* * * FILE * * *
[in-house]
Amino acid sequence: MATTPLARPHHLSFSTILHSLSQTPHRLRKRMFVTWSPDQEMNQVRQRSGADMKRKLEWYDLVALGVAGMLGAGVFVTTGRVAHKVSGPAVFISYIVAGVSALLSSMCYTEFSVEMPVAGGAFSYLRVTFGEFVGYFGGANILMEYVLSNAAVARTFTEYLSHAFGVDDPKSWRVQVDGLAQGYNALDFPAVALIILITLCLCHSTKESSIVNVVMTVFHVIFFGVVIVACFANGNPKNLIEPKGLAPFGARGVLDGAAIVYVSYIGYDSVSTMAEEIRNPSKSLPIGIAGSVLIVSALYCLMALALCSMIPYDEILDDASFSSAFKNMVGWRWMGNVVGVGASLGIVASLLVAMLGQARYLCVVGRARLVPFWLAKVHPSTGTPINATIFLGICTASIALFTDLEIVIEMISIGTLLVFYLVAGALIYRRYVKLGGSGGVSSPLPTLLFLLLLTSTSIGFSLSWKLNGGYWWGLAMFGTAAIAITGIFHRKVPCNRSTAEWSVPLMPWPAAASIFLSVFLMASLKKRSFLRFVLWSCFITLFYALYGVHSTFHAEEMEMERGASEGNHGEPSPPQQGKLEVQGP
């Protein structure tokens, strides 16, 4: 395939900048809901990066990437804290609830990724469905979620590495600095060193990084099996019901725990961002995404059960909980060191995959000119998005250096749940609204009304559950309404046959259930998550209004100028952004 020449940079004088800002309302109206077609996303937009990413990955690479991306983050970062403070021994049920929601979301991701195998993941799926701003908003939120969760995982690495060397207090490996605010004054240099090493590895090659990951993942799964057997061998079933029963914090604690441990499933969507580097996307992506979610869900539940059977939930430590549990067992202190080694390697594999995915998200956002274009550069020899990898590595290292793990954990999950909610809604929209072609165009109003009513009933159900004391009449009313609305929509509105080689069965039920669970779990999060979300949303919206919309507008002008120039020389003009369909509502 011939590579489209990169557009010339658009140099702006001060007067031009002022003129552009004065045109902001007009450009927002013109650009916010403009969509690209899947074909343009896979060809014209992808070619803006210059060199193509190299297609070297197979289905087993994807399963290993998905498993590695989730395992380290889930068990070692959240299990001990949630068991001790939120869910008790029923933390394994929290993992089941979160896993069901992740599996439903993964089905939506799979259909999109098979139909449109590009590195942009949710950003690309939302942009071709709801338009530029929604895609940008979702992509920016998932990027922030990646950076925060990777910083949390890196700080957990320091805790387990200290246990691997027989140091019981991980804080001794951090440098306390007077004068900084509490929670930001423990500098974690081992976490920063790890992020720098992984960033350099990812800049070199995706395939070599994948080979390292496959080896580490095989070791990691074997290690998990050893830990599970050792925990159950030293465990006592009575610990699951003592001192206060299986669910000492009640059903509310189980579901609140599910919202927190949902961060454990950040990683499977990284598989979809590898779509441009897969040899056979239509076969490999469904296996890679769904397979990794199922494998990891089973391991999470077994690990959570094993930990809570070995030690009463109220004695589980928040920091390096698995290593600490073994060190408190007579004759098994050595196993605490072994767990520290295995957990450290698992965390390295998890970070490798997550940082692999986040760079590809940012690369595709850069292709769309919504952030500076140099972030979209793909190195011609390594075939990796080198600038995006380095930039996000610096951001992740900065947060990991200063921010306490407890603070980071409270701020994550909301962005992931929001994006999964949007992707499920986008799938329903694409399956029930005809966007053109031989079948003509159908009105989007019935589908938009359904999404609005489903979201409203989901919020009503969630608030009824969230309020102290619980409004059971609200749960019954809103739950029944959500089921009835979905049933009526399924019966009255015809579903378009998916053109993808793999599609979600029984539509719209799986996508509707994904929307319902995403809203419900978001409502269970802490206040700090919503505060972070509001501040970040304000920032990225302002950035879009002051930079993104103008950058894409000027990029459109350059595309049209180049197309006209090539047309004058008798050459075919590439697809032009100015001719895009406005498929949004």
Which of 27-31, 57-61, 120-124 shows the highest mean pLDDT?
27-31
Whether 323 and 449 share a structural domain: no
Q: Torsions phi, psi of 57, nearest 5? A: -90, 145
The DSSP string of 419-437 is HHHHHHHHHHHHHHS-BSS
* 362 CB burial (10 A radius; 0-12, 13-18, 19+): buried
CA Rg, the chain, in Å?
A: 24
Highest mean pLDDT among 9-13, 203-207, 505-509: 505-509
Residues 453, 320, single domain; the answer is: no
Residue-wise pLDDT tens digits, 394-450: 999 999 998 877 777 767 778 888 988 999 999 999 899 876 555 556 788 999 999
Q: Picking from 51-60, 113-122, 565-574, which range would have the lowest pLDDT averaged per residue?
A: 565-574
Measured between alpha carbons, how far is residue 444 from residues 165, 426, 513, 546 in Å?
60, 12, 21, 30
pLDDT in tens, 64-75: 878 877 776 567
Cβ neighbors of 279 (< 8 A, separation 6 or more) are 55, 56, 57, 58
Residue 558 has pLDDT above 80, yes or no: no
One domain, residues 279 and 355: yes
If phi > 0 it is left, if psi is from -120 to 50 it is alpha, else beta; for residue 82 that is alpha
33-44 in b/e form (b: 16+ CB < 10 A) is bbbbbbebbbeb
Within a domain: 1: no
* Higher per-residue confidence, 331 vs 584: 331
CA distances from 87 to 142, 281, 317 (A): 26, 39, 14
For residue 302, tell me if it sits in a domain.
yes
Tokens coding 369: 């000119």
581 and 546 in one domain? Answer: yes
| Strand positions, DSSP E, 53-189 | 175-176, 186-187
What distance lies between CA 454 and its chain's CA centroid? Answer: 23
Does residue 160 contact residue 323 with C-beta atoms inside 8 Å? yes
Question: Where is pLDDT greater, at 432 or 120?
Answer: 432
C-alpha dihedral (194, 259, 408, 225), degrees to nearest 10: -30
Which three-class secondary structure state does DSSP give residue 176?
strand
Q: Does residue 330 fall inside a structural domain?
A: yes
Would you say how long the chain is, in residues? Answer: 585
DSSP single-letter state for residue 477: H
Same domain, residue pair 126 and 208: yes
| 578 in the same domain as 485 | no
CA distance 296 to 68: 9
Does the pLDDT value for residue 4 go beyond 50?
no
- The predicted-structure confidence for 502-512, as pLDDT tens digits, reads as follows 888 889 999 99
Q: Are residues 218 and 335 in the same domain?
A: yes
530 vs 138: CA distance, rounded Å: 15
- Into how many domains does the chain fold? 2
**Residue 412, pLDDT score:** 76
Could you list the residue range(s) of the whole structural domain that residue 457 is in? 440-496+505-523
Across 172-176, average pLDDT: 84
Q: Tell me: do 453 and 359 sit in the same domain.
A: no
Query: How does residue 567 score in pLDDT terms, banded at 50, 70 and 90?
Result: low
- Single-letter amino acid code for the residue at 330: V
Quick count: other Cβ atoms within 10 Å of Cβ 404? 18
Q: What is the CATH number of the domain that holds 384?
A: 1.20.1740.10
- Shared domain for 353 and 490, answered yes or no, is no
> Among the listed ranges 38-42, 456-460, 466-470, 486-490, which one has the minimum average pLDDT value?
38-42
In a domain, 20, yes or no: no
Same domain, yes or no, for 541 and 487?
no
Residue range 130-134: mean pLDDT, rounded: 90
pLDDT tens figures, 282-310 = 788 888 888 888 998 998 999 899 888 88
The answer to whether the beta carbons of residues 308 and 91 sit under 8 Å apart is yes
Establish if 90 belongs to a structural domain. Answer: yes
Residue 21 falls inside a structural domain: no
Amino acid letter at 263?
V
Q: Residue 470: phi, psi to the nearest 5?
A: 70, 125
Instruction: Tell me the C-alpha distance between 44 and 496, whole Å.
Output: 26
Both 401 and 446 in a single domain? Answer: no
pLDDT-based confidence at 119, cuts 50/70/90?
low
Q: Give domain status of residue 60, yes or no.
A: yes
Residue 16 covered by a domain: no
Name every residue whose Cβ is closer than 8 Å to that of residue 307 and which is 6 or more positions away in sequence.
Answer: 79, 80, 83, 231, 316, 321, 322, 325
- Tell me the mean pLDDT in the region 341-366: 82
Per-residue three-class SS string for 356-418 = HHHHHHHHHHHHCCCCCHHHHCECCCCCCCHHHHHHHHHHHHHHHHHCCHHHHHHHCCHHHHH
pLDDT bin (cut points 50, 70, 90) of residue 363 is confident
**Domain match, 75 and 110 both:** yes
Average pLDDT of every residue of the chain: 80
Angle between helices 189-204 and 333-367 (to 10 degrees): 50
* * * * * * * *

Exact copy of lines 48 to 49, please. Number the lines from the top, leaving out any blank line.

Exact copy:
no
- The predicted-structure confidence for 502-512, as pLDDT tens digits, reads as follows 888 889 999 99